This week in rock history, the T.A.M.I. show taped in California, David Bowie spent a week at Radio City Music Hall, John Lennon sued the United States government, Stone Roses singer Ian Brown was sent to jail and beloved DJ John Peel passed away.
October 28-29, 1964: The T.A.M.I. Show was recorded in Santa Monica, California
One of the first – and still definitive – rock and roll concert movies, The T.A.M.I. Show was a giddy portrait of many of the biggest acts in pop history, including the Rolling Stones, James Brown, the Beach Boys, the Supremes and Chuck Berry. Its audience shots captured the bliss of being a young rock and roll fan in that era, and its deft camerawork stylistically inspired music videos for decades to come.
The T.A.M.I. Show (referenced inconsistently as both the Teenage Awards Music International and the Teen Age Music International in the show's publicity) was taped over two days at the Santa Monica Civic Auditorium in Southern California. The surf-pop duo Jan and Dean emceed the event, interspersing glib puns and boyish charm between artists' sets. Notable performances included Chuck Berry, flanked by teen dancers and looking borderline perturbed through "Johnny B. Goode," Marvin Gaye crooning "Can I Get a Witness" to screaming female fans, teen queen Lesley Gore staunchly singing her soon-to-be feminist anthem "You Don't Own Me" and the fresh-faced Beach Boys harmonizing through their hits "Surfin' USA" and "I Get Around."
The show reached its pinnacle when James Brown and the Famous Flames stormed the stage with "Out of Sight," "Night Train" and two other tracks. Brown was an incomparable showman: at one point, he feigned exhaustion and collapsed, then rushed back onstage dancing madly, inciting the crowd to complete hysteria. After him, the Rolling Stones closed the show ably with "Time Is On My Side" and "It’s All Over Now," though Keith Richards said later that following Brown was the biggest mistake of the band's career.
October 24, 1973: John Lennon sues the U.S. government for wiretapping his phone
John Lennon’s simple and most enduring message, "Give peace a chance," roused many fans to protest the Vietnam War alongside him in the late 1960s and 1970s. It also caused the United Stated government to suspect him of being a radical threat, and soon enact a thorough surveillance program on him.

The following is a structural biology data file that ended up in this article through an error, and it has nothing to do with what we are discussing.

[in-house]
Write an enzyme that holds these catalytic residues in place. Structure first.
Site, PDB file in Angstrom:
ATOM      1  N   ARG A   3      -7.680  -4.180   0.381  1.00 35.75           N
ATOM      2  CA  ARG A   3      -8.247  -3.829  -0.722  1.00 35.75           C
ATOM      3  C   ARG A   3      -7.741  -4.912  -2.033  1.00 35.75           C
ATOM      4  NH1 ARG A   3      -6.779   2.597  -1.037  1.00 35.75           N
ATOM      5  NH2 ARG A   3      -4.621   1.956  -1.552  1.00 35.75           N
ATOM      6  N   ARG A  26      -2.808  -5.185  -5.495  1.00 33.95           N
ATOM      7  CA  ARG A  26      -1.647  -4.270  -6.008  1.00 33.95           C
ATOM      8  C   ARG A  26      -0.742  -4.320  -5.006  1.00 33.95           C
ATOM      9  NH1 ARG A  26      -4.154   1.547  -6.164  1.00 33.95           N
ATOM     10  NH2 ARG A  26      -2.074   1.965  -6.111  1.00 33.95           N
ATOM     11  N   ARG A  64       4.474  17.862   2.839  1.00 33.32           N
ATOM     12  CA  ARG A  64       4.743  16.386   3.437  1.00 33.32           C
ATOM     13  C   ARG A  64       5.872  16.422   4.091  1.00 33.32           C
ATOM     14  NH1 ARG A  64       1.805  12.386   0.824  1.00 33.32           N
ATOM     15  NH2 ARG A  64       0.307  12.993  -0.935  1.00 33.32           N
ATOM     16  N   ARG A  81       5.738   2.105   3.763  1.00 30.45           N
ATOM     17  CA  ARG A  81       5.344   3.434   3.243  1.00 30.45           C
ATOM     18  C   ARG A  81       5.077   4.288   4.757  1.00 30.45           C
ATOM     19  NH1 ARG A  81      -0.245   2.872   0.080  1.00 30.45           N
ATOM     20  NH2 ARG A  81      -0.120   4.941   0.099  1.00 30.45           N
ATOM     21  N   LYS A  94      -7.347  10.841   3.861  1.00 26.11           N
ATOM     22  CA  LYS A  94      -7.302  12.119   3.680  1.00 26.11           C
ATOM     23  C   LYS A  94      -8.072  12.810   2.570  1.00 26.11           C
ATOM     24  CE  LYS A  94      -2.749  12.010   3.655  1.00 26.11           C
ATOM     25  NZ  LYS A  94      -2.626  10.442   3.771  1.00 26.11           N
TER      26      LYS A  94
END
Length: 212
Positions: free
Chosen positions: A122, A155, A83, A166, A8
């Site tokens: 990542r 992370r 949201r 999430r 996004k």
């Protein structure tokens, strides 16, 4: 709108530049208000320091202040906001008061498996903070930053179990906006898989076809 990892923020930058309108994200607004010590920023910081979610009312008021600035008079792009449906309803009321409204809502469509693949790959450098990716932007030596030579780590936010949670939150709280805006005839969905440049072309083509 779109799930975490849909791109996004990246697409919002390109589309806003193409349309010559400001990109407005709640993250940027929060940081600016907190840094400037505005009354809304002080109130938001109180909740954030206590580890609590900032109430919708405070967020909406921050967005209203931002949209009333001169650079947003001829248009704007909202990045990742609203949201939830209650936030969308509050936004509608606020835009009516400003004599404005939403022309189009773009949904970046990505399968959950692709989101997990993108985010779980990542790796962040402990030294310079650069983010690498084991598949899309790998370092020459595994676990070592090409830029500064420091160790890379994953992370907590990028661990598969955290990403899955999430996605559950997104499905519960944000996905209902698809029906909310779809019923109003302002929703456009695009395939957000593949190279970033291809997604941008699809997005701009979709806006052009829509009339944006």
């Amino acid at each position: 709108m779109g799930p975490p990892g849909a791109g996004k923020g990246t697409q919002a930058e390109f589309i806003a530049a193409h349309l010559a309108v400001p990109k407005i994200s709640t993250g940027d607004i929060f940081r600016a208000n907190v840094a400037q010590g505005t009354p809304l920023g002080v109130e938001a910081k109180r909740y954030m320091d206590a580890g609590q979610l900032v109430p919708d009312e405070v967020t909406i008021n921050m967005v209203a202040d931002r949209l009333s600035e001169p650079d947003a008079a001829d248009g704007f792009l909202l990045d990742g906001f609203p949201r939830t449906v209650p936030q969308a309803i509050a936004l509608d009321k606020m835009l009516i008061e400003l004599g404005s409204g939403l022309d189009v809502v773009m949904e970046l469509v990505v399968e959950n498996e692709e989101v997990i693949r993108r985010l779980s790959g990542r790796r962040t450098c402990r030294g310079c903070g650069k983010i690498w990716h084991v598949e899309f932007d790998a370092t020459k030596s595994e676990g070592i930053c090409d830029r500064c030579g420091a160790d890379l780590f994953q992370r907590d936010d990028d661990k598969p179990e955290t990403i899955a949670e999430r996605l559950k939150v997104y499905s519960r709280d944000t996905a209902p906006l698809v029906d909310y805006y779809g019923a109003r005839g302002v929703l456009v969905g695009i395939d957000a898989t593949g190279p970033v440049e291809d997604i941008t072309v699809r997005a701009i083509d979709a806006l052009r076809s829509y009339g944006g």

After Lennon and Yoko Ono held their famed "bed-ins" in Montreal and Amsterdam, which nonviolently protested the war, the FBI began keeping elaborate records on the Beatle, including taking notes on his media appearances and wiretapping his phone. Their efforts culminated in an attempt to have Lennon deported to England, especially as he became more vocal about rallying young voters against Richard Nixon on the eve of the 1972 election.
Lennon, in turn, sued the FBI for the illegal wiretapping. The FBI denied the charge; as excerpted in historian Jon Wiener's book Gimme Some Truth: The John Lennon FBI Files, officials pointed out that there were no wiretapping logs in their Lennon surveillance file (unlike Martin Luther King, Jr.'s file). It was a suspicious defense, but enough for Lennon to scale back his activity in the anti-Nixon movement to avoid deportation. He secured his green card to stay in America in 1976.
October 28, 1974: David Bowie plays the first of seven sold-out nights of his Diamond Dogs tour at Radio City Music Hall
When the Thin White Duke took his dystopian concept album Diamond Dogs on the road, it was a riveting spectacle: an entire post-apocalyptic society recreated nightly. The sprawling set design included large-scale skyscrapers, moving bridges and twisting streets – less a projection of George Orwell's novel 1984, as Bowie envisioned originally, and more his own fragmented, glamorous spin on the end of days.
The Diamond Dogs tour was extensive, even by Bowie's standards: it launched in June of 1974 in Montreal, Canada and continued uninterrupted until December. His residency in New York City was a landmark: seven consecutive nights at the austere Radio City Music Hall, each performance sold out. It was the only weeklong stay of the tour aside from an earlier stint at the Universal Amiptheatre in Los Angeles, though Bowie had been plagued by vocal problems during the West Coast stretch of the tour. The tour remains one of the last indelible moments of Bowie's glam-rock period.
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